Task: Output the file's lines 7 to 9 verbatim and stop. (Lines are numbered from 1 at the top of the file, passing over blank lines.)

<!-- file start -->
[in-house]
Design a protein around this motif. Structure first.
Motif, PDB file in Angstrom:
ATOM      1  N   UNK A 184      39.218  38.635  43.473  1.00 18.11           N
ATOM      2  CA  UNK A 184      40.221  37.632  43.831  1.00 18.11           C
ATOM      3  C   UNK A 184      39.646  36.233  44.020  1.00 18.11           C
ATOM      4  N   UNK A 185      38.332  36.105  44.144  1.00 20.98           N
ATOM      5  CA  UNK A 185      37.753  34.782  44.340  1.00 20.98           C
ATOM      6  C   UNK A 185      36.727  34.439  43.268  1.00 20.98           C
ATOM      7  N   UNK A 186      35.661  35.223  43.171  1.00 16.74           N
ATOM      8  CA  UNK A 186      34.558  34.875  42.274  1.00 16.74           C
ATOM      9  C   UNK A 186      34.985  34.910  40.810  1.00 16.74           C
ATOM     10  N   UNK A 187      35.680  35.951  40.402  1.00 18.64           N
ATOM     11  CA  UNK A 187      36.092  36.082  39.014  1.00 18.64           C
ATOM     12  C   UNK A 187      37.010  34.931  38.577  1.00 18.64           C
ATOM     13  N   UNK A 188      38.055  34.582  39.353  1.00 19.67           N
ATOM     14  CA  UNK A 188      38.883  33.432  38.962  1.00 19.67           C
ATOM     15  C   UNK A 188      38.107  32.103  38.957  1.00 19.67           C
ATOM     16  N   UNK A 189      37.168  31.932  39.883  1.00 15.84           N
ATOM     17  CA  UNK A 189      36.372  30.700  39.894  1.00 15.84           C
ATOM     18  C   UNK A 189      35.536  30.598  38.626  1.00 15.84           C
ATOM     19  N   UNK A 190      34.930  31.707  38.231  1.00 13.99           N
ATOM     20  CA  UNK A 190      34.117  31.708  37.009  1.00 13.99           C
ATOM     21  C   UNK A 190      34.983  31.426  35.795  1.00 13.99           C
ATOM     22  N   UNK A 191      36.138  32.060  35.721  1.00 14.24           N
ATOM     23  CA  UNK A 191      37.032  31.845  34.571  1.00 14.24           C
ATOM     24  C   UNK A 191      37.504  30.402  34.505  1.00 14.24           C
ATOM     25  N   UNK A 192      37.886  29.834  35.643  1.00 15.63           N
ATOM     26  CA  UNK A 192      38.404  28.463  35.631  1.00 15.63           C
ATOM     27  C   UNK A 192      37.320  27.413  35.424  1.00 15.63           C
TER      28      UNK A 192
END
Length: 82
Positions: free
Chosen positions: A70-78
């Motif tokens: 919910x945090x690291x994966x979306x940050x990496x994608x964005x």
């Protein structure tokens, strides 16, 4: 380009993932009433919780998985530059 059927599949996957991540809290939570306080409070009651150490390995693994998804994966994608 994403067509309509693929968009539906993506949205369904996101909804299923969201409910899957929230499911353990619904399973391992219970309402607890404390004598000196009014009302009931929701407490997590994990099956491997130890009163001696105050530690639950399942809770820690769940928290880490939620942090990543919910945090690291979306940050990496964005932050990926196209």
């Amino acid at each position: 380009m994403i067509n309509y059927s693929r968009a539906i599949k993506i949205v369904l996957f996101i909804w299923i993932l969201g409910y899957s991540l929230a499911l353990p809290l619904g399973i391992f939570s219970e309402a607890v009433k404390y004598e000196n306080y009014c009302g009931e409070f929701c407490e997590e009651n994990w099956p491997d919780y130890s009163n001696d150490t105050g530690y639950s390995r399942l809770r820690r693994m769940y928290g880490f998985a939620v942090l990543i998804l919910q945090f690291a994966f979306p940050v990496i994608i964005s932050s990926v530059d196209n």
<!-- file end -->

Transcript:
ATOM      4  N   UNK A 185      38.332  36.105  44.144  1.00 20.98           N
ATOM      5  CA  UNK A 185      37.753  34.782  44.340  1.00 20.98           C
ATOM      6  C   UNK A 185      36.727  34.439  43.268  1.00 20.98           C